AbstractThis thesis aims to investigate the interactions between the collective behaviour of sticklebacks (Gasterosteus aculeatus) and the rate to which they habituate to a novel environment. The first data chapter is a group-based study, which investigates the rate at which groups of varying cohesiveness habituate to a novel environment. Groups of eight individuals were introduced in to a tank containing two refuges and an open area, which was assumed to carry a higher perceived degree of predation risk than the refuges. There was found to be a positive correlation between groups’ cohesiveness and the degree to which they habituated to the novel environment, suggesting that behaving collectively may convey a significant fitness advantage through facilitating faster environmental habituation.
The second data chapter used an individual-based approach to investigate the effect of individual personality traits (in terms of boldness and sociability) on the habituation rate of individuals over consecutive days. Individuals were introduced to a novel environment each day for three consecutive days. Their sociability was quantified by the time that they chose to spend in close proximity to a visible shoal of conspecifics, and the rate at which they habituated to the environment over the course of the tree days was measured. This study found no significant correlation between an individual’s sociability and the degree to which they habituated to the environment. However, this study did provide evidence for boldness being a personality trait in sticklebacks.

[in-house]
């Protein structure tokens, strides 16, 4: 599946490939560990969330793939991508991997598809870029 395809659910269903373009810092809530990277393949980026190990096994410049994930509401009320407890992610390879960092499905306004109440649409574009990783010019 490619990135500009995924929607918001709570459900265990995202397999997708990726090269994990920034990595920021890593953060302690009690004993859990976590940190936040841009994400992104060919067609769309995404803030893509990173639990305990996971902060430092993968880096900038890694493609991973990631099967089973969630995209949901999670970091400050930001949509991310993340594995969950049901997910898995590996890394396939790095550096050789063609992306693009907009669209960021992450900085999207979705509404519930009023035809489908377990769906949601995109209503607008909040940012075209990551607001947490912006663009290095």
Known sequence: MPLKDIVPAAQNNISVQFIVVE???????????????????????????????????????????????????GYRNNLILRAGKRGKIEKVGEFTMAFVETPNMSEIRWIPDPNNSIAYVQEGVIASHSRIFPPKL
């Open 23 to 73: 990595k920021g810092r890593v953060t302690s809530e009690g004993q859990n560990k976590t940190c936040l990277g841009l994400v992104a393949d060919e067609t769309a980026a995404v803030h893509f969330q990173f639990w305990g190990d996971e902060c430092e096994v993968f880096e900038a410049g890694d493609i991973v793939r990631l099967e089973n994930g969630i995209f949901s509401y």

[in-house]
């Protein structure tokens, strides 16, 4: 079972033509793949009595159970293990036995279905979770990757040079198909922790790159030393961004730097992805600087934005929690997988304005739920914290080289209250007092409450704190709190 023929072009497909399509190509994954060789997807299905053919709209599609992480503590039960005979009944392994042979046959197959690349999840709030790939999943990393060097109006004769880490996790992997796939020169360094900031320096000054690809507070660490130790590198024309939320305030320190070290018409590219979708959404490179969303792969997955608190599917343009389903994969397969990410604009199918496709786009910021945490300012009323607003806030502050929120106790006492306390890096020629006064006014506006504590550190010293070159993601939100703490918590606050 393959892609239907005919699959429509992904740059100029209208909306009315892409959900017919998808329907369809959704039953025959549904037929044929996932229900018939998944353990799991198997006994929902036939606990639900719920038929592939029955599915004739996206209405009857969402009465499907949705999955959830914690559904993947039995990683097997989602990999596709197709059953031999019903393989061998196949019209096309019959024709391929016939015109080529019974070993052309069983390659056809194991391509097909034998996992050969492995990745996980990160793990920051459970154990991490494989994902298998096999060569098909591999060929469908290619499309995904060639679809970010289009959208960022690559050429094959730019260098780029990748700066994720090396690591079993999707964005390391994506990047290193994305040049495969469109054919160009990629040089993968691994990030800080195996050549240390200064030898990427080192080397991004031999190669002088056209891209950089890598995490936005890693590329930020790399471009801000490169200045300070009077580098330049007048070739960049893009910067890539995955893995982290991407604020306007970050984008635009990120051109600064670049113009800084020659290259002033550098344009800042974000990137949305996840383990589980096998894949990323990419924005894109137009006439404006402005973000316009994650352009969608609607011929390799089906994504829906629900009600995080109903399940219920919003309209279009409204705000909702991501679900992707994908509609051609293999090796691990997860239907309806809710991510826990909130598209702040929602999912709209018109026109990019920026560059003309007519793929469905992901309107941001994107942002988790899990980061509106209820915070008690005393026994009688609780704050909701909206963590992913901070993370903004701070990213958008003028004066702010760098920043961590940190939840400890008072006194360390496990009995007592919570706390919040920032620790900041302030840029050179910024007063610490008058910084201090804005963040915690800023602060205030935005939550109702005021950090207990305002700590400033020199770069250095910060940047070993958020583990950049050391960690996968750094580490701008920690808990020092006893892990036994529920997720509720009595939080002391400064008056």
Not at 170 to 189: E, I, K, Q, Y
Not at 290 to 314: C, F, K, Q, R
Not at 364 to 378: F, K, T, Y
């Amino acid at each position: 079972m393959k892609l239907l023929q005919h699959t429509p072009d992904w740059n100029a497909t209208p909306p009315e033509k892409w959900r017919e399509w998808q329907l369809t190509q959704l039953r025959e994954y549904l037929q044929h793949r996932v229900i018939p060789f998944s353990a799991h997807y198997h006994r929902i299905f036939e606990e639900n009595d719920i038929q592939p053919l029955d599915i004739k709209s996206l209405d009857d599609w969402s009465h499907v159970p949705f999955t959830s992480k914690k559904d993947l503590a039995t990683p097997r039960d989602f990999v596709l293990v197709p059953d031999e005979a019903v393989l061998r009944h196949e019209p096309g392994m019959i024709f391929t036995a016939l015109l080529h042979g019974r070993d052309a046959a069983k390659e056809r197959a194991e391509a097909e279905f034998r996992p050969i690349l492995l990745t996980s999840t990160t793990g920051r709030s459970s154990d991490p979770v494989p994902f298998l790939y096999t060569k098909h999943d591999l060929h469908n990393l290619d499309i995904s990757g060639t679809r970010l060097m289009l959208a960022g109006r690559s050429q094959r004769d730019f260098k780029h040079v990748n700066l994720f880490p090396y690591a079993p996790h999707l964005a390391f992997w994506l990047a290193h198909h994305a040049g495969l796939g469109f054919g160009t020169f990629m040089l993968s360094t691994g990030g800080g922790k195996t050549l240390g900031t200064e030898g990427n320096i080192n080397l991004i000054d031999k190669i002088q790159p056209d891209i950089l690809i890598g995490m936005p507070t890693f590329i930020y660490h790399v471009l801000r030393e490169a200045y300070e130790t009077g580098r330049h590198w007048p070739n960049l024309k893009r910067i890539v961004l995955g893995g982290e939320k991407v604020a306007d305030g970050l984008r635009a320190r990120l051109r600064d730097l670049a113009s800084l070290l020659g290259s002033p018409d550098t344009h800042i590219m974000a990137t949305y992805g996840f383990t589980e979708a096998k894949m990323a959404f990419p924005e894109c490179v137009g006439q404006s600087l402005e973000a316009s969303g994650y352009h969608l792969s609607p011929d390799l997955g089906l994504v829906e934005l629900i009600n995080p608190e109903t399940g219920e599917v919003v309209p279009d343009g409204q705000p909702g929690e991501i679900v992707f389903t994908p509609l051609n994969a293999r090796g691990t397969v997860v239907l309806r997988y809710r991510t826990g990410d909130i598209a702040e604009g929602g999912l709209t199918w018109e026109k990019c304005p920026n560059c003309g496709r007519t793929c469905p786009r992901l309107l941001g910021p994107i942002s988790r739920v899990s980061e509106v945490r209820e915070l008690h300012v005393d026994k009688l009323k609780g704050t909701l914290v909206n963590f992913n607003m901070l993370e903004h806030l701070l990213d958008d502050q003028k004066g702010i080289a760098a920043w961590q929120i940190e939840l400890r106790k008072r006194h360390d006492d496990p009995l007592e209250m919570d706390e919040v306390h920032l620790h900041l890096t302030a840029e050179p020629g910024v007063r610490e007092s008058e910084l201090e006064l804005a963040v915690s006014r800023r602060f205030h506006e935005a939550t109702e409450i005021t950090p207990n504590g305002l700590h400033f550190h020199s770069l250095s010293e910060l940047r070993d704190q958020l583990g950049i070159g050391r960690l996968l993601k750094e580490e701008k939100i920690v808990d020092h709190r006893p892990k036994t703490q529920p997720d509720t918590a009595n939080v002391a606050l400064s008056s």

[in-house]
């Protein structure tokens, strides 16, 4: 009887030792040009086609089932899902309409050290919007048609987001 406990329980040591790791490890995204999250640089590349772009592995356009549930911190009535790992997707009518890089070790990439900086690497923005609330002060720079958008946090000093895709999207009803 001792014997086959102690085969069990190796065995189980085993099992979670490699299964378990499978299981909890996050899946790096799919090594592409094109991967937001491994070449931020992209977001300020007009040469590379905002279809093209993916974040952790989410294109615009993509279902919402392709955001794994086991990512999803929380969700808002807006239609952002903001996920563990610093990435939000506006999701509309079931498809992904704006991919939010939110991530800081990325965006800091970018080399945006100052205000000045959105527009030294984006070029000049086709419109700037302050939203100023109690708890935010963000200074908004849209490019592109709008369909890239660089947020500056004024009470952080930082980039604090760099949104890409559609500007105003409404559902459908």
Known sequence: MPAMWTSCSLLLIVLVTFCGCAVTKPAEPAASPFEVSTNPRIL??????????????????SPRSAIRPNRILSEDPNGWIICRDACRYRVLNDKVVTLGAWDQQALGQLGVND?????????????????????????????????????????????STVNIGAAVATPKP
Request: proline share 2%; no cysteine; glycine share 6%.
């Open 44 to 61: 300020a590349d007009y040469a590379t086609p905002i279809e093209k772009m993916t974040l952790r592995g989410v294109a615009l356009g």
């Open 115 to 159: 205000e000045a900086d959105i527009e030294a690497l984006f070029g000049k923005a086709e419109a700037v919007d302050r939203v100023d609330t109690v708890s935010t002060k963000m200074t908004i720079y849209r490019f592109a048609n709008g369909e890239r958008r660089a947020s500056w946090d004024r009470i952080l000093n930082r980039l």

There was evidence across both of the studies that suggested that several individuals did not habituate to their environments to a significant degree over the course of the trials. This may be due to some limitations in the methods used in these two studies. Recommendations for further study to prevent a desensitization effect from occurring (as was suspected in this study) have been discussed.
|Date of Award||23 Jan 2019|
|Supervisor||Christos C Ioannou (Supervisor)|